Five months after a Goodyear employee died following an explosion at a tire and rubber chemical plant in southeast Houston, the feds have issued a rash of citations to the factory for failing to safeguard its workers. But when it's all said and done, the fines would cost the company less than $70,000.
The U.S. Department of Labor's Occupational Safety and Health Administration (OSHA) began its investigation in June after a piece of equipment fatally struck a worker. A valve was improperly closed, preventing a device from releasing pressure as it built up.
Earlier this week, OSHA issued citations alleging seven "serious" violations and one repeat violation. A "serious" violation is one when there's the potential to kill or harm an employee and the company knew or should have known about it.
"The company did not adequately protect its employees from potentially hazardous conditions," according to a statement issued by OSHA's director of its Houston office, Mark Briggs. "If OSHA's regulations regarding process safety management had been followed, it is possible that this tragedy could have been prevented."
The serious violations included failure to provide clear operating procedures, to keep workers safe from machines that can over-pressurize, and failure to both implement an emergency plan and to update piping and instrument diagrams. The repeat violation was not making sure the emergency alarm was working.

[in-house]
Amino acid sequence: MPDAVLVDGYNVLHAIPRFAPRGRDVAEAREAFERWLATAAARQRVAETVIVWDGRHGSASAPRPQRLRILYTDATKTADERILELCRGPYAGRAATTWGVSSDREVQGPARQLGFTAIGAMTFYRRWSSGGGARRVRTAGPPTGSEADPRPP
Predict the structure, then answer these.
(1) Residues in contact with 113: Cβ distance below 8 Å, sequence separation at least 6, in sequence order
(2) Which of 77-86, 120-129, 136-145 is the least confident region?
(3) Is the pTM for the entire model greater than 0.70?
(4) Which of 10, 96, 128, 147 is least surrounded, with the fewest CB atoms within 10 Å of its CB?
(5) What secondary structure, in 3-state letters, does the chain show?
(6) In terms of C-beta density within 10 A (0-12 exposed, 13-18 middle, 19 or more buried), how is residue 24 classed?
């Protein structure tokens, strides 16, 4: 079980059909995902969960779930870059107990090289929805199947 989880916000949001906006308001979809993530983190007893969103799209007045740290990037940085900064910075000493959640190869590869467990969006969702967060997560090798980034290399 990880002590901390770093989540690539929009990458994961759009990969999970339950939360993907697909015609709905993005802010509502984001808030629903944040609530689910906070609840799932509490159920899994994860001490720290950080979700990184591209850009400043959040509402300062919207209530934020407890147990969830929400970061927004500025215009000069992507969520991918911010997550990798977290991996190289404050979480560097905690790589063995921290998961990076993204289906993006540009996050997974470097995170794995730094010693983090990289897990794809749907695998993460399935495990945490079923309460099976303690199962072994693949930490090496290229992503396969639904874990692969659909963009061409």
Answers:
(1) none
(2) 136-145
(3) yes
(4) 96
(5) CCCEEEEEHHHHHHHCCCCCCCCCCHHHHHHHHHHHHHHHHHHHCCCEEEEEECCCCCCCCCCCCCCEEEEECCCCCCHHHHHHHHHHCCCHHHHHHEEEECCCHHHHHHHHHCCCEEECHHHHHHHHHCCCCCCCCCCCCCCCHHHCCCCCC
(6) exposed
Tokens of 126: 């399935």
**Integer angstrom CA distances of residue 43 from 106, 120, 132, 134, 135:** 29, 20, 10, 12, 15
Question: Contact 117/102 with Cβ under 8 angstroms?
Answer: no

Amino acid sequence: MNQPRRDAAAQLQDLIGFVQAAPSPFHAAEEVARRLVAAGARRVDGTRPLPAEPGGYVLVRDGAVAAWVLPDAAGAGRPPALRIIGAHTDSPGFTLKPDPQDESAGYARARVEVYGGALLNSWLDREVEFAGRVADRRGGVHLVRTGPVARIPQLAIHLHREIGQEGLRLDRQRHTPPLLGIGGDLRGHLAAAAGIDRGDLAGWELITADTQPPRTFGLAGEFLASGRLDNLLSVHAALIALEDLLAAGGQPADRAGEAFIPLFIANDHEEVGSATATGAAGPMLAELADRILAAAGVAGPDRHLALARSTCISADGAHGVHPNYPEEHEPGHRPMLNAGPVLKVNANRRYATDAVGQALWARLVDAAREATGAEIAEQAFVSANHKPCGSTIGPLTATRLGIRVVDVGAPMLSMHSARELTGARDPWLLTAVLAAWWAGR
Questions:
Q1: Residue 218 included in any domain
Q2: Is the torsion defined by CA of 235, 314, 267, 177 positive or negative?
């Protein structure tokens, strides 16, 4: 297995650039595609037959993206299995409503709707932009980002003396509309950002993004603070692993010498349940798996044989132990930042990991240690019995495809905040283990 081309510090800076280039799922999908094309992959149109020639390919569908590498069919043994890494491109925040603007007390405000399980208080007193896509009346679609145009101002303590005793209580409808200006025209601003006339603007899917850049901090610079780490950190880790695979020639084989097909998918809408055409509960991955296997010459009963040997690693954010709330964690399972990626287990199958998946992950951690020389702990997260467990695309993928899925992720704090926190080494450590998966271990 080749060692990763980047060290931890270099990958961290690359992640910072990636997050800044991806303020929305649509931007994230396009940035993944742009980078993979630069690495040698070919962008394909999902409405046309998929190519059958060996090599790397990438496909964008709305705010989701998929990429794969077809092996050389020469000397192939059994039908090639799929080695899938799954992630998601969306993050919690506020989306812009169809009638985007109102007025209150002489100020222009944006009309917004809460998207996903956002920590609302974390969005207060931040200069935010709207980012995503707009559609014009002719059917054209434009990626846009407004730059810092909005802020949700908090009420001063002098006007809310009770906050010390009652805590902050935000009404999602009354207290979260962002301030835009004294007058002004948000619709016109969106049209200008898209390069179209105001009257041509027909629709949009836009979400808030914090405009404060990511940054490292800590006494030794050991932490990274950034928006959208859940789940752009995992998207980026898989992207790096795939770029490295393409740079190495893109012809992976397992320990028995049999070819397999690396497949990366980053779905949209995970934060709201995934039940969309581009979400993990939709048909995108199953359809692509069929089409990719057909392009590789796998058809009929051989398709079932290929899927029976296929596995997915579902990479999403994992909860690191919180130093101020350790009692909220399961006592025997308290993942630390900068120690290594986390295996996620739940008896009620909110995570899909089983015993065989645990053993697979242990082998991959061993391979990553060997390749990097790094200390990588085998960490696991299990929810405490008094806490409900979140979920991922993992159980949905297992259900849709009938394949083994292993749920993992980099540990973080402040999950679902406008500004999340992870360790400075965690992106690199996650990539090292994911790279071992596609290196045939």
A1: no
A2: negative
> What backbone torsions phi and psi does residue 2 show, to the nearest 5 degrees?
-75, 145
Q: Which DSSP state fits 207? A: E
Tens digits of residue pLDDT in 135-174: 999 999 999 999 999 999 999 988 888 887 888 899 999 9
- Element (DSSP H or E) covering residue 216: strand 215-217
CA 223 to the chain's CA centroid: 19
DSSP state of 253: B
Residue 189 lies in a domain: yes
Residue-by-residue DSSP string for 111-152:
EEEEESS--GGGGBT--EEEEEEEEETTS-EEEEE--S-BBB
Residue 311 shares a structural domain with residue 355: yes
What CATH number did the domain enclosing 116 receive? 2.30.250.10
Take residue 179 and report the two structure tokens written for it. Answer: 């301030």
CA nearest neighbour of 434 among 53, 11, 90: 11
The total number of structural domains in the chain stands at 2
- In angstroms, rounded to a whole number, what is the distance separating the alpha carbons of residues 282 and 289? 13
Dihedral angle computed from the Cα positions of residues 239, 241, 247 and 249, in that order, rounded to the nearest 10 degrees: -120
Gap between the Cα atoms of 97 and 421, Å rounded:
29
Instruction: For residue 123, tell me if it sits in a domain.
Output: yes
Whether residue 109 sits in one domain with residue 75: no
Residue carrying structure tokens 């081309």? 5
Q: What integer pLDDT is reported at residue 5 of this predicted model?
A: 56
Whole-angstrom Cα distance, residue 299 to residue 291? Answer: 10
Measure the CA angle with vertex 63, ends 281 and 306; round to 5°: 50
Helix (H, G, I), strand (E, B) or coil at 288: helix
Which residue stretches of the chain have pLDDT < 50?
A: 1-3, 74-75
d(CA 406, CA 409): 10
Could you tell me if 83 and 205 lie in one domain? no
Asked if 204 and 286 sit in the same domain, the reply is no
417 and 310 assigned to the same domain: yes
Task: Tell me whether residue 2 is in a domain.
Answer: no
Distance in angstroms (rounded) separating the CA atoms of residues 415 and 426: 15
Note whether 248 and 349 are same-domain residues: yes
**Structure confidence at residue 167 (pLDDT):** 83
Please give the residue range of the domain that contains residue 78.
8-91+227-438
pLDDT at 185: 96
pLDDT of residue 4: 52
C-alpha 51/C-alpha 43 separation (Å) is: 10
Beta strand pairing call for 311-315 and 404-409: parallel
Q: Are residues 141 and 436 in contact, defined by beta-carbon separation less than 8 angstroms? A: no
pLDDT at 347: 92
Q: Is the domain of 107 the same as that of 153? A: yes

Hair Balls does not know if the family of the slain worker is suing Goodyear, but if so, we're pretty sure it's for a lot of money. At least more than what the government can charge Goodyear for safety violations, a measly $67,000.
-- Chris Vogel
Keep the Houston Press Free... Since we started the Houston Press, it has been defined as the free, independent voice of Houston, and we would like to keep it that way. Offering our readers free access to incisive coverage of local news, food and culture. Producing stories on everything from political scandals to the hottest new bands, with gutsy reporting, stylish writing, and staffers who've won everything from the Society of Professional Journalists' Sigma Delta Chi feature-writing award to the Casey Medal for Meritorious Journalism. But with local journalism's existence under siege and advertising revenue setbacks having a larger impact, it is important now more than ever for us to rally support behind funding our local journalism. You can help by participating in our "I Support" membership program, allowing us to keep covering Houston with no paywalls.